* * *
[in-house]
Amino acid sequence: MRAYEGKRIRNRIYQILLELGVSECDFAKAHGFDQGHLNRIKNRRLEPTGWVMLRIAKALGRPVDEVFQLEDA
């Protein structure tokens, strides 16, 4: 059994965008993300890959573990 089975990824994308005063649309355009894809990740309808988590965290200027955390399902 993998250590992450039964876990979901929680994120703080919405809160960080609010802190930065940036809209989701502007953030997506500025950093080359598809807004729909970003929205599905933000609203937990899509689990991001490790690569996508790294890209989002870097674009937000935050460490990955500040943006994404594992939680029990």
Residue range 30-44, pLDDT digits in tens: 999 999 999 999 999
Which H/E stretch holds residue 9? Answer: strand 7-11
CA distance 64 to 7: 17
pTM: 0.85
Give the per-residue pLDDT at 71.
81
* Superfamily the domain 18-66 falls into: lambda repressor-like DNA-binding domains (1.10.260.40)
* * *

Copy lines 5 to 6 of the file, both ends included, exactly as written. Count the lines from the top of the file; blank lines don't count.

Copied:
Which H/E stretch holds residue 9? Answer: strand 7-11
CA distance 64 to 7: 17